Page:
Action Comics #41 review

It's appropriate that Action Comics is the first book I read from the DC You promotion - it's DC's oldest surviving title, starring their most famous character. 

But Superman is a little different these days. Gone is the blue union suit, replaced by a jeans and tee shirt ensemble. It's reminiscent of the look seen in 2011, when Action was flashing back to the early days of the revamped Superman. And if we can't have the classic, red-trunked look, this will do for a while. 

A while is likely as long as the Truth storyline lasts, as long as the world knows Superman is Clark Kent. Maybe after that he'll return to the classic suit. But for now, it's utilitarian all the way. 

As the book begins, Superman doesn't even have the tee shirt; he's on his way back from a frustrating trip to the Fortress of Solitude, where he was soundly rejected by the Kryptonian tech he hoped would help him in his powered-down state. So now he's wandering around Alaska (good luck keeping the Hulk TV theme out of your head), looking for a way to stay on the downlow, catch his breath before sorting out his problems. He comes across a store, buys a new shirt, a motorbike, gets in a fight and, on receiving a coded phone message from Jimmy Olsen, returns to Metropolis. 

Storytellers Greg Pak and Aaron Kuder tell us it's been a crazy two weeks for Clark, since he was outed as Superman. An editor's note refers us to Superman #41 which, in the way of these things, hasn't actually come out yet. 

(Theatrical sigh...)

OK, it's not Action Comics's fault - Action Comics came out in time. But it's frustrating that all the Superman books are tied into an overarching storyline, and the first building bricks are missing. As I understand, rather than the story weaving from series to series in a linear fashion, each book is examining one aspect of the storyline. I'm not yet sure what Pak and Kuder are concentrating on, but as Superman's world is being torn down - he's been fired from the Daily Planet, is being sued and his bank cards have been cancelled - they're doing a little world building.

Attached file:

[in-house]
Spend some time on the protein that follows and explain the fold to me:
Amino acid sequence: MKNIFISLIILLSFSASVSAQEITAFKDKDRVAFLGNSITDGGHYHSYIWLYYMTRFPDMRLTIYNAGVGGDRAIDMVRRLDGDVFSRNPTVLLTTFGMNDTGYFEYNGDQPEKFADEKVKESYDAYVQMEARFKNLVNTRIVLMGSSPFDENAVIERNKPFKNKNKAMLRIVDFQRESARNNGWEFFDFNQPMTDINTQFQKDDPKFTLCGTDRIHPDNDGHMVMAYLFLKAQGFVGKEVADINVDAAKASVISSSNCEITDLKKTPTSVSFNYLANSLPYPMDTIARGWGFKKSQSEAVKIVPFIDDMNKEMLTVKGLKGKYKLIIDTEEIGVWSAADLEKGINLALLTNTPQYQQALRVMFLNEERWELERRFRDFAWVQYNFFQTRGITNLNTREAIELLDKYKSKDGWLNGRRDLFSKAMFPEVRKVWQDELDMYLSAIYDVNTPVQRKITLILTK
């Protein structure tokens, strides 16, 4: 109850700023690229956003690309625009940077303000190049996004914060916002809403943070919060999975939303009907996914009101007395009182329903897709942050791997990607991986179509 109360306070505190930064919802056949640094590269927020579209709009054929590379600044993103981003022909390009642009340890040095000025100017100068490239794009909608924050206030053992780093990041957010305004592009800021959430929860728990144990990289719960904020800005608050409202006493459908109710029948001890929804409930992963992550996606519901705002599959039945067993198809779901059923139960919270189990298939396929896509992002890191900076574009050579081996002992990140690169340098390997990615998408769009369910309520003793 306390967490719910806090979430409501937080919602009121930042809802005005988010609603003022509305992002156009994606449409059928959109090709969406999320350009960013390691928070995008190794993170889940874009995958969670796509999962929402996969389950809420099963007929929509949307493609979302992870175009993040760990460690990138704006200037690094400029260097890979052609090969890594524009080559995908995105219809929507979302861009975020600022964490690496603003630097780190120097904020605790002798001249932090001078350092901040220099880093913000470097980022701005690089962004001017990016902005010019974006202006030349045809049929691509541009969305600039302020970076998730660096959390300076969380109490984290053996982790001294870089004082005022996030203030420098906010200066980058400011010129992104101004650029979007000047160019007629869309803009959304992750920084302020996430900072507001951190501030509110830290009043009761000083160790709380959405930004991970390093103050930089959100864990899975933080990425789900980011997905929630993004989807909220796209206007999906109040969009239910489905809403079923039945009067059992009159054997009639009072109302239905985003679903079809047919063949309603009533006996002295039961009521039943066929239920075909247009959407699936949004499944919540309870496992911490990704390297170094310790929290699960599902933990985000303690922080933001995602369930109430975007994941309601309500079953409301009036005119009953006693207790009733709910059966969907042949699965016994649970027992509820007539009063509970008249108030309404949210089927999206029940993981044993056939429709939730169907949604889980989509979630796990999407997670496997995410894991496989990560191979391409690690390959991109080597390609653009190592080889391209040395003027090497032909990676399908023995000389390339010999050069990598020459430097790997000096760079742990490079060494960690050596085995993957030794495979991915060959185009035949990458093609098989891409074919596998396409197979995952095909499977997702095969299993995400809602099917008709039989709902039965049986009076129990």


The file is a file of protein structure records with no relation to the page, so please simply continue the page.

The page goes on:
So when Superman returns to Metropolis, after a tense encounter with the police he's introduced to 'Kentville' - a bunch of people on his old block are showing they haven't turned against him by partying hard. One of them is firefighter Lee Lambert, and while she's friendly she doesn't think Clark should be answering her emergency call. 

But underpowered or not, he's still a hero, and is still mighty tough (he's also mighty ignorant in not handing back Lee's handset, but we'll call that enthusiasm). With the thanks of attending fire crew, Clark takes on a massive great monster, a 'Shadow'. It seems he's encountered this species recently, That would be Superman #42, due next month ...

Anyway, there's a satisfying fight, and a cliffhanger full of foreboding. Justified moans about DC's in-house traffic management apart, there's no denying the Pak/Kuder team remains on top form. Superman is the same massive figure, technically alien but full of humanity. They give him a voice, a little tougher than usual but suited to this storyline - I just hope the other Superman writers are singing from the same hymn sheet. New character Lee Lambert (LL, classic!) has potential, and I wonder whether she knew Clark during his temporary identity as firefighter in those flashback Action issues. 
Kuder's art, coloured by Tomeu Morey and Hi-Fi, makes the heart soar. While I'd love him to be drawing the iconic look, he's making new history for Superman here, with big, dynamic moments aplenty. Our hero's race to the pier, for example, is thrilling, as he invents super-parkour with the aid, in a nice touch, of a Daily Planet vending machine.